Consuming omega-3 fatty acids, particularly the long-chain omega-3s found in fish and seafood, has been associated with significant health benefits, such as reducing cardiovascular disease risk. However, recent national surveys have shown that adults in the United States are consuming significantly less than the recommended amounts of seafood and omega-3 fatty acids. (12)(17)

Omega-3 supplements are widely used to increase omega-3 intake and are recommended for individuals with certain health conditions, such as coronary heart disease. (11) In this article, we cover what you need to know about omega-3 supplements, including omega-3 sources, supplement forms, and product considerations.

What are omega-3 fatty acids?

Omega-3 fatty acids are a type of polyunsaturated fatty acids (PUFAs) with a specific chemical structure that contains a double bond in the third bond of the fatty acid chain. Of the various omega-3s, three have specifically been researched for their health effects: alpha-linolenic acid (ALA), docosahexaenoic acid (DHA), and eicosapentaenoic acid (EPA). (11) Fish provide a primary source of EPA and DHA in the human diet. Many fish feed on phytoplankton, which consumes microalgae, the aquatic organisms that produce PUFAs. (1)(11)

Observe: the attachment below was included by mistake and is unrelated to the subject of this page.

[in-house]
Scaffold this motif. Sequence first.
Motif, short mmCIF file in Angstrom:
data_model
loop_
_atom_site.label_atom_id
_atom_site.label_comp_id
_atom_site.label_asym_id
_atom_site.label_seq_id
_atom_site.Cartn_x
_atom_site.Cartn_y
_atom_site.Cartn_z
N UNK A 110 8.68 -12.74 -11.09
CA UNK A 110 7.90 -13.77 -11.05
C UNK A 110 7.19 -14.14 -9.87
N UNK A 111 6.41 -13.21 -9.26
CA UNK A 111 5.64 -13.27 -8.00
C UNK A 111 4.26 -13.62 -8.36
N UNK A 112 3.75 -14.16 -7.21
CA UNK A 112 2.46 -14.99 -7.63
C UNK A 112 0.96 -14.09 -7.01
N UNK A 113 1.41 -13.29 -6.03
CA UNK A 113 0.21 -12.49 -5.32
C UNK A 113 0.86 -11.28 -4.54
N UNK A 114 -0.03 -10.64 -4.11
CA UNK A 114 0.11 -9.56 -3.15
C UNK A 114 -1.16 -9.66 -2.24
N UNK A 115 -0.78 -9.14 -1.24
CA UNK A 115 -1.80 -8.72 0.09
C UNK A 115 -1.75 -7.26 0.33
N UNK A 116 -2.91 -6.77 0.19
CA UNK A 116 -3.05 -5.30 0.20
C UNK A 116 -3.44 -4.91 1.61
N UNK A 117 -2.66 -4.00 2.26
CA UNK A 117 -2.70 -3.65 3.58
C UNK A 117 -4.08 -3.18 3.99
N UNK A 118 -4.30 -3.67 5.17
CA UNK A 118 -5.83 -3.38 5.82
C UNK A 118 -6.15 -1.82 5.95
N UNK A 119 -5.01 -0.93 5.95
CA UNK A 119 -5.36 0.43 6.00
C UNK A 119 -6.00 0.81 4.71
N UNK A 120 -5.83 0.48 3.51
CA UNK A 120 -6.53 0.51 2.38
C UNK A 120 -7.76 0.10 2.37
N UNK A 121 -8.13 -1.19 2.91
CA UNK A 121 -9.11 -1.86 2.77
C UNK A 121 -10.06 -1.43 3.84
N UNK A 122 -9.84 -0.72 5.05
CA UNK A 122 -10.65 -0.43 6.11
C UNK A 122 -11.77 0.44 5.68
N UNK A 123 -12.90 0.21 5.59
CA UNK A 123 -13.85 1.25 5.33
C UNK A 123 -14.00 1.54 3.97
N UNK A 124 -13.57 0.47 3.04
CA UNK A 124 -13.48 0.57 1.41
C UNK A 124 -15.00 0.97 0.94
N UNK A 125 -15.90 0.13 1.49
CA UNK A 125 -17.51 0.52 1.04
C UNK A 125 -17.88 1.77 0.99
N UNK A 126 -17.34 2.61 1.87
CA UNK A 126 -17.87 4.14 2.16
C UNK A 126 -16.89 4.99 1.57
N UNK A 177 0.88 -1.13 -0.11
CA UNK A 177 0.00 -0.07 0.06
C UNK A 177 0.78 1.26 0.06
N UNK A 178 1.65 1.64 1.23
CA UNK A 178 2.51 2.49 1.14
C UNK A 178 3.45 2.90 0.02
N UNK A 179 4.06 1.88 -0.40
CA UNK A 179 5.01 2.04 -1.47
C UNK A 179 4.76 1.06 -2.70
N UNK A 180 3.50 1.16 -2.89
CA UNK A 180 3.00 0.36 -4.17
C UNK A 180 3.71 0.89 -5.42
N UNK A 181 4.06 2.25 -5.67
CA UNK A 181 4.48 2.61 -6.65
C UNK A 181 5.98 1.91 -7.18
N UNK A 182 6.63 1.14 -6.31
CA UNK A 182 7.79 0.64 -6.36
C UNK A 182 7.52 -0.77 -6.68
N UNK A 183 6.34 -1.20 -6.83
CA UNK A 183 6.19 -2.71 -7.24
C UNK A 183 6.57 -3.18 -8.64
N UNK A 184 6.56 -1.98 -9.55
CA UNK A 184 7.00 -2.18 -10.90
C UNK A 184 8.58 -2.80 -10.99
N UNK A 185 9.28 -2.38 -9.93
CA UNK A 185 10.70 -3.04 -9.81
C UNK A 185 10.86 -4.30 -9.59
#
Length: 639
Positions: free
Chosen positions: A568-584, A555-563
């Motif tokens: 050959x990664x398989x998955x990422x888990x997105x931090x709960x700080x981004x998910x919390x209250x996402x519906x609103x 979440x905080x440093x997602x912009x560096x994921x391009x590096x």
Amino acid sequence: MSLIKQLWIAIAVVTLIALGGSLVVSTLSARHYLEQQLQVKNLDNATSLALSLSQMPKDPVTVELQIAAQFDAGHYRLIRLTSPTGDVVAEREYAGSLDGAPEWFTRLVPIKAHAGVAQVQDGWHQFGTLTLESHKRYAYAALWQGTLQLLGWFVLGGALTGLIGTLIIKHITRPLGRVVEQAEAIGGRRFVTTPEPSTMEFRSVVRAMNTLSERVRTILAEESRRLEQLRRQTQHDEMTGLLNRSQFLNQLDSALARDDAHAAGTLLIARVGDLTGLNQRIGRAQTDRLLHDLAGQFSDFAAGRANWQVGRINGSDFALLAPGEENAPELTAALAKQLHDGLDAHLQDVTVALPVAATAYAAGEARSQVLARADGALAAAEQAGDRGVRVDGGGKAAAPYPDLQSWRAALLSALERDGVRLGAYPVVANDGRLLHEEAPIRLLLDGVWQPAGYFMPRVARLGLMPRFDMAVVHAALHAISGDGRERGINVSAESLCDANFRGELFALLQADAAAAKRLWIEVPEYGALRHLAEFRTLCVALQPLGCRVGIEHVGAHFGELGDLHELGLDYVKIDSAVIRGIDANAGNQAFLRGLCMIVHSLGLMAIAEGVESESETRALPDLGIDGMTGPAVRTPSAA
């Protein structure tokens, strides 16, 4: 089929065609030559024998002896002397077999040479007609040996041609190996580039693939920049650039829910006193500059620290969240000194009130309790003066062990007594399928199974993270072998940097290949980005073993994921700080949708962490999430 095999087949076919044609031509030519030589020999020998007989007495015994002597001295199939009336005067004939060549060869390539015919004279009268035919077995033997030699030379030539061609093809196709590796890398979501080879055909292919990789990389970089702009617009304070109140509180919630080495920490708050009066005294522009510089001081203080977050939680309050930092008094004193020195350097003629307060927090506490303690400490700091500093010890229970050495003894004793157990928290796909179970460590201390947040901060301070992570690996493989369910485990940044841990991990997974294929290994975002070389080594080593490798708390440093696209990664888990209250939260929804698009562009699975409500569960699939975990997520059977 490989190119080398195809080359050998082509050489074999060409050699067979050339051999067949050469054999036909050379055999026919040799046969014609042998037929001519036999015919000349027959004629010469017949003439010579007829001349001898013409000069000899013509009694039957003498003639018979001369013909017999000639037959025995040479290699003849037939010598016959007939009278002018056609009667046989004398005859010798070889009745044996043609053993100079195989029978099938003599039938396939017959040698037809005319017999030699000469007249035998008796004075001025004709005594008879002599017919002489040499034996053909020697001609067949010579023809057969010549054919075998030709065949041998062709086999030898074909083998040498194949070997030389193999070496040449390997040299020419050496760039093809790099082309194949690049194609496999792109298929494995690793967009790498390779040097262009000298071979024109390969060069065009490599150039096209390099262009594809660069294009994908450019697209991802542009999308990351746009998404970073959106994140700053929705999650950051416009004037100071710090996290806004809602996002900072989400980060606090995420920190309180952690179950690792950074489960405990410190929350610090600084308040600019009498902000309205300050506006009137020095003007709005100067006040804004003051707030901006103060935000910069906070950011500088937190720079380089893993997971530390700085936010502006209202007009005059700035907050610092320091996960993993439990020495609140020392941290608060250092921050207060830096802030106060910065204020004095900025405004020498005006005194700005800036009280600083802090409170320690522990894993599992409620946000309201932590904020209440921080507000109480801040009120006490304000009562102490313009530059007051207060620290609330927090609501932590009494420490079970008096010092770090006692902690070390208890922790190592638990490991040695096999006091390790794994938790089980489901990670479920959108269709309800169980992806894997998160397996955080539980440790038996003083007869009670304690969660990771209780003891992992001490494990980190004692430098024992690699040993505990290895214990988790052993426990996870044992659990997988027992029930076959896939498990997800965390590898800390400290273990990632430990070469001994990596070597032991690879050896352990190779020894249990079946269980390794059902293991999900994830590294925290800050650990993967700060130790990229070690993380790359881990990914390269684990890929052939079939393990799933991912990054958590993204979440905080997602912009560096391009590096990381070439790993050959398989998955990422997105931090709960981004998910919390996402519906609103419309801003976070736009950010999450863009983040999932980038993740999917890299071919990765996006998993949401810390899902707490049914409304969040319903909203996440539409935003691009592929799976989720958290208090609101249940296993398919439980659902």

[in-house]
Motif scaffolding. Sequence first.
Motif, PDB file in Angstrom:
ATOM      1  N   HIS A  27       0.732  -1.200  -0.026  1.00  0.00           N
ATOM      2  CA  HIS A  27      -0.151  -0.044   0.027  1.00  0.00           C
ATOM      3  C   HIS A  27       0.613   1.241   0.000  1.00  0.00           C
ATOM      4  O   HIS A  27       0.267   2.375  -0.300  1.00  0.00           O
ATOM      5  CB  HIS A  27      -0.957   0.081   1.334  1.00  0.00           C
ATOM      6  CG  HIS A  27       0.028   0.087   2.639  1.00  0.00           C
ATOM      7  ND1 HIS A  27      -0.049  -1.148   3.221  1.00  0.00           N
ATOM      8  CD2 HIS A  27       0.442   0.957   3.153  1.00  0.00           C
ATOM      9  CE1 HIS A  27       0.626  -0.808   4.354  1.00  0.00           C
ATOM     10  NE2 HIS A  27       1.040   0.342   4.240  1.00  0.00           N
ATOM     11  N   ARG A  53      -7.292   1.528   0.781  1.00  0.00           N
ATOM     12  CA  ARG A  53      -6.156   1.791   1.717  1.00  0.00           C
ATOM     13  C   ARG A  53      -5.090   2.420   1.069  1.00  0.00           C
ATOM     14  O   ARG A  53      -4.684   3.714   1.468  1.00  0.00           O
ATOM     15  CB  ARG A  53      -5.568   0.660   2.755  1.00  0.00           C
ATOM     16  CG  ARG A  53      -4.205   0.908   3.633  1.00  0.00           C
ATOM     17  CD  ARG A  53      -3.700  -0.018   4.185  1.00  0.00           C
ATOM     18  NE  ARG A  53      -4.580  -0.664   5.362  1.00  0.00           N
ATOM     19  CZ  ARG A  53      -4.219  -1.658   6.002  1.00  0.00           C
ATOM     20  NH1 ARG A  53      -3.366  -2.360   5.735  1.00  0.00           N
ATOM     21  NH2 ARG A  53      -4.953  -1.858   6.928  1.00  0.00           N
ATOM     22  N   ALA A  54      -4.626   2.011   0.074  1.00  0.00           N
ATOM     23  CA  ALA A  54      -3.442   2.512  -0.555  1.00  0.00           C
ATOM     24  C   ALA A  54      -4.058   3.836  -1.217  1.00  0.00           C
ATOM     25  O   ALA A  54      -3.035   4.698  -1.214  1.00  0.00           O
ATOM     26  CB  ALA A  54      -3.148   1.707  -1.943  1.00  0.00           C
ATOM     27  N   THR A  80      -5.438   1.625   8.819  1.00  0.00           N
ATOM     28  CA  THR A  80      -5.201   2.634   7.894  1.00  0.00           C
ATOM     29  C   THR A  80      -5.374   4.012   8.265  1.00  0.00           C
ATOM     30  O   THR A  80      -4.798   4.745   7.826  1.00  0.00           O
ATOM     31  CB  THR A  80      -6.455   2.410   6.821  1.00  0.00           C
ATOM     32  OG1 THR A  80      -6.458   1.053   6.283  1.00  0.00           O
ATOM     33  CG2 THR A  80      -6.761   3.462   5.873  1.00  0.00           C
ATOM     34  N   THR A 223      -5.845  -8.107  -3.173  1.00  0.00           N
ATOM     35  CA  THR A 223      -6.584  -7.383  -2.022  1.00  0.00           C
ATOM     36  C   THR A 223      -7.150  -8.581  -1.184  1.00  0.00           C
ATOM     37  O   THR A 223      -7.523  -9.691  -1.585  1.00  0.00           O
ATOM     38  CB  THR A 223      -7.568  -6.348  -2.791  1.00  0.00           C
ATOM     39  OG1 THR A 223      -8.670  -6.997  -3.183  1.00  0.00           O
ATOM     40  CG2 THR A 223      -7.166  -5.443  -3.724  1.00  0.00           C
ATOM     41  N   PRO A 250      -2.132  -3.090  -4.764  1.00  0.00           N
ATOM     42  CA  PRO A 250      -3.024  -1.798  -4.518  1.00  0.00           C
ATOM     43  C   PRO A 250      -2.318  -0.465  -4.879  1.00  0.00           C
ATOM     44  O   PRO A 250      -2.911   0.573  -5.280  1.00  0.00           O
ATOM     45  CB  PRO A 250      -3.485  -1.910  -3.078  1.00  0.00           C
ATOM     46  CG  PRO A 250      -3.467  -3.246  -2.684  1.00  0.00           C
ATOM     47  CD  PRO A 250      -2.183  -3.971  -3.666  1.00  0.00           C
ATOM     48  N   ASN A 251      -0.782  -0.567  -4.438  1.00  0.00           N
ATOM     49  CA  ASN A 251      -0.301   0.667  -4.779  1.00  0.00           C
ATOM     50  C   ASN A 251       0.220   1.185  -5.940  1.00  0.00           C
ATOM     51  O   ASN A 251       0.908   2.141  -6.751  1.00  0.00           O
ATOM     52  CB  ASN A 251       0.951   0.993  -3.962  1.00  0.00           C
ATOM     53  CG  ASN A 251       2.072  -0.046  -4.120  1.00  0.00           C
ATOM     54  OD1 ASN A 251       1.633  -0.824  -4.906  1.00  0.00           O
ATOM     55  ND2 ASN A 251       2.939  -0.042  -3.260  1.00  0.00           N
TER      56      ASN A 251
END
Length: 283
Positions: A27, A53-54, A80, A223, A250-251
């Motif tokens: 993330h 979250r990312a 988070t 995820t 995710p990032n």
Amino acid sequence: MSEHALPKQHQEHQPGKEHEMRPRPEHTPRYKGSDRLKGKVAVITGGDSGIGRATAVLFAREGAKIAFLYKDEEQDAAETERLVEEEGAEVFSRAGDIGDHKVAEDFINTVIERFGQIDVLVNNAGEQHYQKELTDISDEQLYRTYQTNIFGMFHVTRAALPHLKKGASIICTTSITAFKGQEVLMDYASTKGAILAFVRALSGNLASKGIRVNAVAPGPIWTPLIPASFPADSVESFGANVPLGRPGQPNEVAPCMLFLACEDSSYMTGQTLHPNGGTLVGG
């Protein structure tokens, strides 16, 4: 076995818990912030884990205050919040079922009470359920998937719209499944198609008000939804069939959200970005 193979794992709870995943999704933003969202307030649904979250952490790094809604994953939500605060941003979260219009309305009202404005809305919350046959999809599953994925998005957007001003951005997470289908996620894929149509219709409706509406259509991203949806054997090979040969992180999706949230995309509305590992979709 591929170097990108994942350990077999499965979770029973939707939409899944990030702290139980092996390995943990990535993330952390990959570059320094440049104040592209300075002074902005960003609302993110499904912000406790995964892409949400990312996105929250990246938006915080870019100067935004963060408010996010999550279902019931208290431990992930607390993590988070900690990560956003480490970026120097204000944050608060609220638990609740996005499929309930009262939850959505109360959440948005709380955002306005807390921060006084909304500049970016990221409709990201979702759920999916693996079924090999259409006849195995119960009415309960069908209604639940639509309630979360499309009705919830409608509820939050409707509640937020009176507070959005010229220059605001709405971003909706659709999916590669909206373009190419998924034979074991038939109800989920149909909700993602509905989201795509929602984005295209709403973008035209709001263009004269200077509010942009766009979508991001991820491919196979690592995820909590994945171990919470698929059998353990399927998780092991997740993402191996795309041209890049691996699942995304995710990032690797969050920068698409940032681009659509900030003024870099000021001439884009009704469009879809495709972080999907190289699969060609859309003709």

In theory, the essential fatty acid ALA, found in plant-based sources such as nuts and seeds, can be converted to the long-chain fatty acids EPA and DHA in the liver. As a result, EPA and DHA are not considered to be essential to obtain from the diet. However, conversion rates of ALA are generally less than 15%, increasing the need to consume dietary sources of EPA and DHA, such as fish, seafood, and omega-3 supplements. (11) Some of the more important health benefits of omega-3s also come from EPA and DHA, as opposed to ALA, so it’s important to ensure these are included in your diet or supplement plan.

What is omega-3 good for?

Omega-3 benefits include:

  • Exhibiting anti-inflammatory effects
  • Improving symptoms of rheumatoid arthritis
  • Playing a structural role in cell membranes
  • Protecting against cardiovascular disease
  • Reducing the risk of cognitive decline and dementia
  • Supporting infant health and neurodevelopment during pregnancy (11)

Omega-3 foods

Foods high in omega-3 include cold-water fish, oysters, and organ meats, providing EPA and DHA, as well as flaxseeds, chia seeds, leafy green vegetables, and walnuts, providing ALA. (10)(11)

Read about the top omega-3 foods on the Fullscript blog.

Foods containing omega-3

Increase omega-3 fatty acids in your diet by consuming omega-3 foods, such as cold-water fish, seafood, walnuts, and leafy green vegetables.

Omega-3 fatty acid supplements